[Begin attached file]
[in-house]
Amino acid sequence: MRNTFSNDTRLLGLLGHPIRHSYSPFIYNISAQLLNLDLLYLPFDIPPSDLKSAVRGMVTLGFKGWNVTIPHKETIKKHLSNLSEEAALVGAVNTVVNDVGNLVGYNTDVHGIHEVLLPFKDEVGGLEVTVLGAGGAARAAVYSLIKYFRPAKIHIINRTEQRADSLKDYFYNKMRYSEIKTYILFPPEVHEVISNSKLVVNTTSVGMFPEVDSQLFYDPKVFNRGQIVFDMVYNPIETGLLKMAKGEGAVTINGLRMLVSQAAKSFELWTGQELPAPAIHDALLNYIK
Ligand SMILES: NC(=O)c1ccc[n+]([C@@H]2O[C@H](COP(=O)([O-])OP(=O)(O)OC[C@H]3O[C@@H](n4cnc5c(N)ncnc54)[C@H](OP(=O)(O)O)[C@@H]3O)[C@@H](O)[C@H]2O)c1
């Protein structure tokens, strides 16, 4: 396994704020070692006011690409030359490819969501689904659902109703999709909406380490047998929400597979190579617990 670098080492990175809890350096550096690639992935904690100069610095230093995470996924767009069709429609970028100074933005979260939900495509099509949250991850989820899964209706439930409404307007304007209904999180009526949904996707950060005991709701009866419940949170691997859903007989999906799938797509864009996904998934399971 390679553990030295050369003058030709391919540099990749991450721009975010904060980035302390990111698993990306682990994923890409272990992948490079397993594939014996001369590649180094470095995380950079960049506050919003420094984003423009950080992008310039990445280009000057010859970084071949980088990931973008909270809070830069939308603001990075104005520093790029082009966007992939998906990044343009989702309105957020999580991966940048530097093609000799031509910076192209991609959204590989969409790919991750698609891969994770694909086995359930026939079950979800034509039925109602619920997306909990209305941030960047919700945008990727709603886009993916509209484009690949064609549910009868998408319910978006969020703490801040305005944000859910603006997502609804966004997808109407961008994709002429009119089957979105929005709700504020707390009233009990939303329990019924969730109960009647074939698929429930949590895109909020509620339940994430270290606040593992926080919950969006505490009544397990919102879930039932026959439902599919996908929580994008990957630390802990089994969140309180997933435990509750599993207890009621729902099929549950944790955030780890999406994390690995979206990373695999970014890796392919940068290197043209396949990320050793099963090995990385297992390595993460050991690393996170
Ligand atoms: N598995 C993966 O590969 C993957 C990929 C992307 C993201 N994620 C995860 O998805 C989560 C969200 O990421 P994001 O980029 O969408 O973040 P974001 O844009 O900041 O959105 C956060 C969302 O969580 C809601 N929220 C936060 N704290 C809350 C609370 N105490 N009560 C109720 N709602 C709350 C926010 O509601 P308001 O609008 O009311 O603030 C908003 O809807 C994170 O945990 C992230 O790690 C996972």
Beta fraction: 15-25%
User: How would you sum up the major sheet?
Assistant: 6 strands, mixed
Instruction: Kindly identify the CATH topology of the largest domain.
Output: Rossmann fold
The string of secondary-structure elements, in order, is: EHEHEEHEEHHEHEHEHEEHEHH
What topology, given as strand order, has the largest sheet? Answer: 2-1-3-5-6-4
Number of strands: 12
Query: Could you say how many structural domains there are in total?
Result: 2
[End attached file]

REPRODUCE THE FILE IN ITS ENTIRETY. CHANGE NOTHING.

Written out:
[in-house]
Amino acid sequence: MRNTFSNDTRLLGLLGHPIRHSYSPFIYNISAQLLNLDLLYLPFDIPPSDLKSAVRGMVTLGFKGWNVTIPHKETIKKHLSNLSEEAALVGAVNTVVNDVGNLVGYNTDVHGIHEVLLPFKDEVGGLEVTVLGAGGAARAAVYSLIKYFRPAKIHIINRTEQRADSLKDYFYNKMRYSEIKTYILFPPEVHEVISNSKLVVNTTSVGMFPEVDSQLFYDPKVFNRGQIVFDMVYNPIETGLLKMAKGEGAVTINGLRMLVSQAAKSFELWTGQELPAPAIHDALLNYIK
Ligand SMILES: NC(=O)c1ccc[n+]([C@@H]2O[C@H](COP(=O)([O-])OP(=O)(O)OC[C@H]3O[C@@H](n4cnc5c(N)ncnc54)[C@H](OP(=O)(O)O)[C@@H]3O)[C@@H](O)[C@H]2O)c1
């Protein structure tokens, strides 16, 4: 396994704020070692006011690409030359490819969501689904659902109703999709909406380490047998929400597979190579617990 670098080492990175809890350096550096690639992935904690100069610095230093995470996924767009069709429609970028100074933005979260939900495509099509949250991850989820899964209706439930409404307007304007209904999180009526949904996707950060005991709701009866419940949170691997859903007989999906799938797509864009996904998934399971 390679553990030295050369003058030709391919540099990749991450721009975010904060980035302390990111698993990306682990994923890409272990992948490079397993594939014996001369590649180094470095995380950079960049506050919003420094984003423009950080992008310039990445280009000057010859970084071949980088990931973008909270809070830069939308603001990075104005520093790029082009966007992939998906990044343009989702309105957020999580991966940048530097093609000799031509910076192209991609959204590989969409790919991750698609891969994770694909086995359930026939079950979800034509039925109602619920997306909990209305941030960047919700945008990727709603886009993916509209484009690949064609549910009868998408319910978006969020703490801040305005944000859910603006997502609804966004997808109407961008994709002429009119089957979105929005709700504020707390009233009990939303329990019924969730109960009647074939698929429930949590895109909020509620339940994430270290606040593992926080919950969006505490009544397990919102879930039932026959439902599919996908929580994008990957630390802990089994969140309180997933435990509750599993207890009621729902099929549950944790955030780890999406994390690995979206990373695999970014890796392919940068290197043209396949990320050793099963090995990385297992390595993460050991690393996170
Ligand atoms: N598995 C993966 O590969 C993957 C990929 C992307 C993201 N994620 C995860 O998805 C989560 C969200 O990421 P994001 O980029 O969408 O973040 P974001 O844009 O900041 O959105 C956060 C969302 O969580 C809601 N929220 C936060 N704290 C809350 C609370 N105490 N009560 C109720 N709602 C709350 C926010 O509601 P308001 O609008 O009311 O603030 C908003 O809807 C994170 O945990 C992230 O790690 C996972």
Beta fraction: 15-25%
User: How would you sum up the major sheet?
Assistant: 6 strands, mixed
Instruction: Kindly identify the CATH topology of the largest domain.
Output: Rossmann fold
The string of secondary-structure elements, in order, is: EHEHEEHEEHHEHEHEHEEHEHH
What topology, given as strand order, has the largest sheet? Answer: 2-1-3-5-6-4
Number of strands: 12
Query: Could you say how many structural domains there are in total?
Result: 2